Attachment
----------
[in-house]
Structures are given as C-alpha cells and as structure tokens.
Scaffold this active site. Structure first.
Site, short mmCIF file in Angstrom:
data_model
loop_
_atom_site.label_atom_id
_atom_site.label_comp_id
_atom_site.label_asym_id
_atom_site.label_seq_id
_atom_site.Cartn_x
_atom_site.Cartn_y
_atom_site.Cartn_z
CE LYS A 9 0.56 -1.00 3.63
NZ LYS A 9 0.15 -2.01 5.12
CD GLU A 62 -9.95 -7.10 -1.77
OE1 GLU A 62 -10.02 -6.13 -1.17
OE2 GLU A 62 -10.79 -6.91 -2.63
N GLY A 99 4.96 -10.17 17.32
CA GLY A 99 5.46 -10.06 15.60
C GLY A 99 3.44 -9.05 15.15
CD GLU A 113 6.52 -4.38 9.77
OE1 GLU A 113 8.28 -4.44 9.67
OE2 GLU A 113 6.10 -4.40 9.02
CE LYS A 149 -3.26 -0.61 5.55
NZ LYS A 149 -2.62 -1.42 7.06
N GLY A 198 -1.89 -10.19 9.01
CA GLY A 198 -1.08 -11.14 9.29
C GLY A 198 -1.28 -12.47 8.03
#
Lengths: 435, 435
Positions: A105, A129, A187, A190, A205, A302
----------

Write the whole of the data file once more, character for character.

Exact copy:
[in-house]
Structures are given as C-alpha cells and as structure tokens.
Scaffold this active site. Structure first.
Site, short mmCIF file in Angstrom:
data_model
loop_
_atom_site.label_atom_id
_atom_site.label_comp_id
_atom_site.label_asym_id
_atom_site.label_seq_id
_atom_site.Cartn_x
_atom_site.Cartn_y
_atom_site.Cartn_z
CE LYS A 9 0.56 -1.00 3.63
NZ LYS A 9 0.15 -2.01 5.12
CD GLU A 62 -9.95 -7.10 -1.77
OE1 GLU A 62 -10.02 -6.13 -1.17
OE2 GLU A 62 -10.79 -6.91 -2.63
N GLY A 99 4.96 -10.17 17.32
CA GLY A 99 5.46 -10.06 15.60
C GLY A 99 3.44 -9.05 15.15
CD GLU A 113 6.52 -4.38 9.77
OE1 GLU A 113 8.28 -4.44 9.67
OE2 GLU A 113 6.10 -4.40 9.02
CE LYS A 149 -3.26 -0.61 5.55
NZ LYS A 149 -2.62 -1.42 7.06
N GLY A 198 -1.89 -10.19 9.01
CA GLY A 198 -1.08 -11.14 9.29
C GLY A 198 -1.28 -12.47 8.03
#
Lengths: 435, 435
Positions: A105, A129, A187, A190, A205, A302